Hulloooooo! It’s the spooookiest time of the year, yes, November 11th, the day you shooooould goooo out alone! Soooo be carefuuuul! Halloween has nothing on November 11th! Boooo!
Ah, okay, I’ll drop the act. Yeah, I’m late on getting this out in time for Halloween because of my time off, so please enjoy my thoughts on Fatal Frame: Maiden of Black Water even though October’s past and we’re well on our way to the holidays!
Even though survival horror really took off during the first PlayStation era, it was during the second that it really saw a whole lot of variety when it came to getting our scares on. Some of the best sequels in the already established franchises were released on PlayStation 2, like Silent Hill 2 and Resident Evil 4. But it was also where new ideas started getting thrown into the horror mix, some of which were really out there, like the Fatal Frame/Project Zero series.
Even though I never engaged with any of the entries of that generation, I came to appreciate what Fatal Frame tried to do at the time. Without any real action to speak of in terms of defending yourself with firearms like in other series, Fatal Frame had the unique mechanic of using a camera to blow ghosts and apparitions out of existence, which seemed both silly and extremely neat to me at the time.
The fact that I had little to no experience with the franchise, coupled with how I barely played any WiiU games at all outside of the core Nintendo-produced titles meant that I had no idea there was even a Fatal Frame launched exclusively on that system until well after the fact. To me, it’s a no-brainer that the WiiU got a photography-focused game, after all its controller is perfectly suited for that kind of experience.
Now, I finally got the chance to see what all the fuss was about thanks to Koei Tecmo’s re-release of Fatal Frame: Maiden of Black Water on modern consoles, including the Switch, WiiU’s successor that kept and innovated on the pad that the WiiU was built upon. Sadly, I only got to test it on PlayStation 4, but all things considered, the DualShock 4 served its due as a substitute for a camera-like controller, at least as far as motion-sensing is concerned.
And surprisingly enough, I came out positively impressed with the idea and the way it’s executed in what’s supposed to be the fifth title in the series. Fatal Frame: Maiden of Black Water revolves around the mystery surrounding peoples’ disappearances in Mount Hikami, a fictional location in Japan. Three different protagonists whose lives are somehow tied to that mystery end up getting into the thick of it, and by the thick of it I mean ghosts, lots of them.
While the main thrust behind games like Resident Evil is pure gore and body horror, Fatal Frame’s thing is Japanese-style terror of the psychological kind. If you’re familiar with films like Ringu, you’ll know what to expect from Fatal Frame: Maiden of Black Water: jump scares, an increasing sense of tension and dread, young women getting into trouble, and… well… some jankiness for good measure.
Fatal Frame: Maiden of Black Water‘s gameplay loop remains the same throughout its campaign. You explore a number of scary locations only armed with the series’ trademark “weapon”, the Camera Obscura, and you’re graded at the end of each level depending on how well you perform in taking out enemies. This might sound like a boring time, but the “combat” is surprisingly engaging, having you wait for just the right time to take a picture and do as much damage as possible to whatever you happen to be facing.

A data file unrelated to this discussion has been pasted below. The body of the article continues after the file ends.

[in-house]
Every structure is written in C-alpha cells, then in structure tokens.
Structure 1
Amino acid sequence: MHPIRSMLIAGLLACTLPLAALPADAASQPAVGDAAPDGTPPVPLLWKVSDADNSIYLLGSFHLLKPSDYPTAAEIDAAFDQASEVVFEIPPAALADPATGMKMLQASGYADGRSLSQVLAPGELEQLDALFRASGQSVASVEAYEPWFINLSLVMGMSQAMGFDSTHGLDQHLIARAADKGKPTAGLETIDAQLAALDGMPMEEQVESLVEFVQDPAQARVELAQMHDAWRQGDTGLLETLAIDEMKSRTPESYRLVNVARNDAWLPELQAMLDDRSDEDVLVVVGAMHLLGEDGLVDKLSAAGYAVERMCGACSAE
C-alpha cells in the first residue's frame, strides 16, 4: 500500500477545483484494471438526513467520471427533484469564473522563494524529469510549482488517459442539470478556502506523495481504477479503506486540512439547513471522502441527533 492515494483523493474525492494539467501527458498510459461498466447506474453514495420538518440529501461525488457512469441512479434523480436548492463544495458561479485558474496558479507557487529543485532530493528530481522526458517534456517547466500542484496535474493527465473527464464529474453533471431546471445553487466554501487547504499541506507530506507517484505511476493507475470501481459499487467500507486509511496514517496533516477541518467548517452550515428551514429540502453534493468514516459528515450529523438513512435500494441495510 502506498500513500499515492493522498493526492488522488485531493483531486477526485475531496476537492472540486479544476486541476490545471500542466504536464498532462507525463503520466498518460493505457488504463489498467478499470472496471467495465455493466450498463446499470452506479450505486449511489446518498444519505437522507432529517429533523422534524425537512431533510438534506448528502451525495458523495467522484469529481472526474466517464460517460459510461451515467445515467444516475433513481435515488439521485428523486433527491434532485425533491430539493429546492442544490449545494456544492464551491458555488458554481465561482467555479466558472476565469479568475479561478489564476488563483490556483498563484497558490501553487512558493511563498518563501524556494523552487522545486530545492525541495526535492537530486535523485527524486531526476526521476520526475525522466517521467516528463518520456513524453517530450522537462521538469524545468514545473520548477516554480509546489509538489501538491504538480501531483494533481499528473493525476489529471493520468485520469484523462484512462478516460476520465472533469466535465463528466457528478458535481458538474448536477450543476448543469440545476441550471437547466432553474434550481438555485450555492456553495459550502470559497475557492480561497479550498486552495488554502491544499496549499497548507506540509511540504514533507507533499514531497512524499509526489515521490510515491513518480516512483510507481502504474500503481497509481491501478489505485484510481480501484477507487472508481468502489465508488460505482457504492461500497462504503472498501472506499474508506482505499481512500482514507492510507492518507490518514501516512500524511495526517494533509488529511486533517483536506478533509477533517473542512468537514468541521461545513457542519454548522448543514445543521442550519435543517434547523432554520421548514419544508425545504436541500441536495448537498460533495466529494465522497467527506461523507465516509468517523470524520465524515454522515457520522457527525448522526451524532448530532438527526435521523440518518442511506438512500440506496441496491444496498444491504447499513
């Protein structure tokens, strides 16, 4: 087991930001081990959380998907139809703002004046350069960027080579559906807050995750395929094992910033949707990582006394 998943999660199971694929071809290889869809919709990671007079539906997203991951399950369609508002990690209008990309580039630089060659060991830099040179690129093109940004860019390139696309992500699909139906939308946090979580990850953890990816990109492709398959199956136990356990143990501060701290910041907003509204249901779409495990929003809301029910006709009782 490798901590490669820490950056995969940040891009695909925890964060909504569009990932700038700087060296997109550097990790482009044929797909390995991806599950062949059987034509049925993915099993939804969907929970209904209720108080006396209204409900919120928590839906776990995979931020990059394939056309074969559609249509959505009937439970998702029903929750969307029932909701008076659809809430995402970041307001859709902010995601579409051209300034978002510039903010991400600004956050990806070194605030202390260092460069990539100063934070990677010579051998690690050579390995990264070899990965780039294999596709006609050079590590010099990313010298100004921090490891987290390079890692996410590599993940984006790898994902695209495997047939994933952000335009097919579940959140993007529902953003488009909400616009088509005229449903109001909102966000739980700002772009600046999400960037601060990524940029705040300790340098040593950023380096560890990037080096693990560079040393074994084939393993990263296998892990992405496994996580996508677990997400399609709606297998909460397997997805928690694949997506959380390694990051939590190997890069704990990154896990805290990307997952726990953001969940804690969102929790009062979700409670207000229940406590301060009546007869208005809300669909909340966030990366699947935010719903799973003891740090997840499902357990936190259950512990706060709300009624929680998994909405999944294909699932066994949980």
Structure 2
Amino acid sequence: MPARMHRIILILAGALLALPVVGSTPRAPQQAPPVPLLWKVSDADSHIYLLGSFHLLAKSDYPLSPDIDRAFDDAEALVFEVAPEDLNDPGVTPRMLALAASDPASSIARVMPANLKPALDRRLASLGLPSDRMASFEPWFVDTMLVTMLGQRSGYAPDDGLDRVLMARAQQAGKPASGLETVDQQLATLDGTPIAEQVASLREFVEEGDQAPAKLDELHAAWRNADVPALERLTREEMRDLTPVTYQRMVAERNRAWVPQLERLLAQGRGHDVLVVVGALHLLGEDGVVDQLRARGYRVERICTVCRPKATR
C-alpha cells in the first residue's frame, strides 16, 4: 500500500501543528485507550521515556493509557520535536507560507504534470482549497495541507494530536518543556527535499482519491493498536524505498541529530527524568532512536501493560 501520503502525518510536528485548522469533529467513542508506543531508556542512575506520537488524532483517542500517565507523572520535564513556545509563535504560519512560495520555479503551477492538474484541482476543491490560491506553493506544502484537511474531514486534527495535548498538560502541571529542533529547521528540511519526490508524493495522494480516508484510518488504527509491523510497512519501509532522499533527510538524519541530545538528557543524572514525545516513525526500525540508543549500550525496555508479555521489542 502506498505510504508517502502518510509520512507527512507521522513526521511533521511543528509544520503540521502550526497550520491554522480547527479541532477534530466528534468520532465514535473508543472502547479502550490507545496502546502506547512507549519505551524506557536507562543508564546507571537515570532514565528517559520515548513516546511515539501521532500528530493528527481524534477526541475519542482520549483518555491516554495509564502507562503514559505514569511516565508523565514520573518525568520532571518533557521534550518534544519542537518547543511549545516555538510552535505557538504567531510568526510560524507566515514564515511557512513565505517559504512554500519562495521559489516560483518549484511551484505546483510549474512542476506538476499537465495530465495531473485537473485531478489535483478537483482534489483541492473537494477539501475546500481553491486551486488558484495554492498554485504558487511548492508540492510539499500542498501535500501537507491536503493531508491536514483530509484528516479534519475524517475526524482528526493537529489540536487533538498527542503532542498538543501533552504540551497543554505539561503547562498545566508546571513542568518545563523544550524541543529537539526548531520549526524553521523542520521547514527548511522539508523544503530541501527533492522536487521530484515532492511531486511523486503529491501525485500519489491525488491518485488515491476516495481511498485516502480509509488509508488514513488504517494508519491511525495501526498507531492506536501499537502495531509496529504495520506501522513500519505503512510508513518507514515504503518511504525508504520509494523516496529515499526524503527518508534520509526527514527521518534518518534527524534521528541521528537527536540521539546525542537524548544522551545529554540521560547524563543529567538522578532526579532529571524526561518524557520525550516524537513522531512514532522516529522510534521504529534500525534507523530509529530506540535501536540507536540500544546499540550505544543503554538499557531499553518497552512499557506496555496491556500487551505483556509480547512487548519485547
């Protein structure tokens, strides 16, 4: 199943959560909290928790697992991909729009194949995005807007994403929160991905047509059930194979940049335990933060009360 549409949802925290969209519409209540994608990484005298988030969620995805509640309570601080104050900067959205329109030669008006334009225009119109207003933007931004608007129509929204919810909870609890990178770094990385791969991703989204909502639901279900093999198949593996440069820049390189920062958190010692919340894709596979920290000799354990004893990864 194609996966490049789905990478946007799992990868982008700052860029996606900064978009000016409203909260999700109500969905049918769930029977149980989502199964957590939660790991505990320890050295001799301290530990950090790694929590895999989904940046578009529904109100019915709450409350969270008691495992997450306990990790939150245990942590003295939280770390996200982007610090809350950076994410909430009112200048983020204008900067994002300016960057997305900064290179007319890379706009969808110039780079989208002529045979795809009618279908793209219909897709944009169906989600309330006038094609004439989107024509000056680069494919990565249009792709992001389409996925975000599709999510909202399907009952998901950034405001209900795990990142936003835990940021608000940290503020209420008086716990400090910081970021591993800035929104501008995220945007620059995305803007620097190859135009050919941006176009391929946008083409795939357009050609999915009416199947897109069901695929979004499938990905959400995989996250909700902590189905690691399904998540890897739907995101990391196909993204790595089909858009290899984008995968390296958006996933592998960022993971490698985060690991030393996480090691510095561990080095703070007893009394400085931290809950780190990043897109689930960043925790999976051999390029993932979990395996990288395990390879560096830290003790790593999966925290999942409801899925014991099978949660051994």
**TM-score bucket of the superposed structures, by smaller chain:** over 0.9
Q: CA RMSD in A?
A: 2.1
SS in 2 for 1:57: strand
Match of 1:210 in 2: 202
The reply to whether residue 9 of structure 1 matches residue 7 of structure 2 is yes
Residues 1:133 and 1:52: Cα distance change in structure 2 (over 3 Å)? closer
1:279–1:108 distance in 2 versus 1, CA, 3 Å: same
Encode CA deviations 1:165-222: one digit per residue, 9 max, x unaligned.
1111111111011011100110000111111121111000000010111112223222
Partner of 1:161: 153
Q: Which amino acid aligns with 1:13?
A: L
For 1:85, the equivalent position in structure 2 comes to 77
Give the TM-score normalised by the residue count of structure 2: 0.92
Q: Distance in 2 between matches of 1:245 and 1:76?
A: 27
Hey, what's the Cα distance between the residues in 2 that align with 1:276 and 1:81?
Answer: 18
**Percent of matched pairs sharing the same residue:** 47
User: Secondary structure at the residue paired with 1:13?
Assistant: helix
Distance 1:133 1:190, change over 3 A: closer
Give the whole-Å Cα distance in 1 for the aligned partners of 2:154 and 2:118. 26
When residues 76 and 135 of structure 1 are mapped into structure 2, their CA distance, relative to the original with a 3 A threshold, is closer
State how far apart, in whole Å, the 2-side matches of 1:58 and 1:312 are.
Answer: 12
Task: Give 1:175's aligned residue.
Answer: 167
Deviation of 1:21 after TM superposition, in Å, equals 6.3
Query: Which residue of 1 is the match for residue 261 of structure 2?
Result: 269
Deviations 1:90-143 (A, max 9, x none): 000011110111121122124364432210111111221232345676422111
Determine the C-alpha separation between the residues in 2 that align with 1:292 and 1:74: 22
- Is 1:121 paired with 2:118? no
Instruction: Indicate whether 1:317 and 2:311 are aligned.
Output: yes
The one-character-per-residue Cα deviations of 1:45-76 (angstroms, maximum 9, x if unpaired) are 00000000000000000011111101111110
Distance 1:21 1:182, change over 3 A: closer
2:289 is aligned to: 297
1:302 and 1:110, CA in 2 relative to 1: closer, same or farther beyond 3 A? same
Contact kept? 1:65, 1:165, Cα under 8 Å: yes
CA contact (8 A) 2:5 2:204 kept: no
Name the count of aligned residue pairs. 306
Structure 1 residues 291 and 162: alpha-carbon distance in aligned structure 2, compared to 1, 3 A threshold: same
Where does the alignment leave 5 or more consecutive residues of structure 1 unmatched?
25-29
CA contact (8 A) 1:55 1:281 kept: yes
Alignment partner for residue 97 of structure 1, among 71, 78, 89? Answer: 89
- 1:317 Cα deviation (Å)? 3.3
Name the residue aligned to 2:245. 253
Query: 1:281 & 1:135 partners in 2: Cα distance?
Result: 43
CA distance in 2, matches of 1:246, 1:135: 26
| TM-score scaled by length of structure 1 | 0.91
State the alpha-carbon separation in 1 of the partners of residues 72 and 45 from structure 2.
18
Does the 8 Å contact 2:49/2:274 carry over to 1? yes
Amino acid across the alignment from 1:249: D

The titular Fatal Frame happens when you’re able to time your shot just right and are able to rob your target of all of the power orbs that pop out of its body when you first zap them during an encounter. Overall, this fight mechanic works well and it feels very rewarding to get a high score after a particularly busy stage. Then comes the exploration part, which ends up being the least enjoyable aspect of Fatal Frame: Maiden of Black Water due to some limitations and less than stellar elements that were common in older games, especially survival horror ones.
The main problem is ironically enough, the camera. It’s just plain awful. Due to the fact that a lot of levels take place in the confines of buildings and such, it tends to lose track of you and be slow moving, contributing to a lot of what I’d imagine are even unintended or unplanned jump scares. Then comes the character movement, which is stiff and unresponsive, which coupled with how limited your actions are and how they’re tied to a single button, and having to keep it pressed is a pain when it’s something you do constantly throughout your time snooping around.
Then there’s the inherent Koei Tecmo perviness that’s usually present in games. Fatal Frame: Maiden of Black Water is certainly not as bad in this regard as say, Dead of Alive or even Ninja Gaiden, but it’s still very much there. Almost all of the female characters are designed in a way that exaggerates their bodily proportions, including some of the ghosts you face, which are subject to slightly all too bouncy breasts, and the protagonists are sometimes put in situations where their clothes get wet, accentuating their forms. If you’ve been put off by this in other Koei Tecmo releases, you should probably check out some gameplay videos before jumping into this one.
Technical issues aside, I had a good time playing Fatal Frame: Maiden of Black Water. It’s comforting to see the effort that Koei Tecmo put in to make this otherwise practically impossible to get game to a much wider audience, considering that used copies can go for hundreds of dollars online due to the limited nature of its original release. If you have yet to try one of these games, this new release makes Fatal Frame: Maiden of Black Water the most easily accessible of the bunch and worth giving a shot.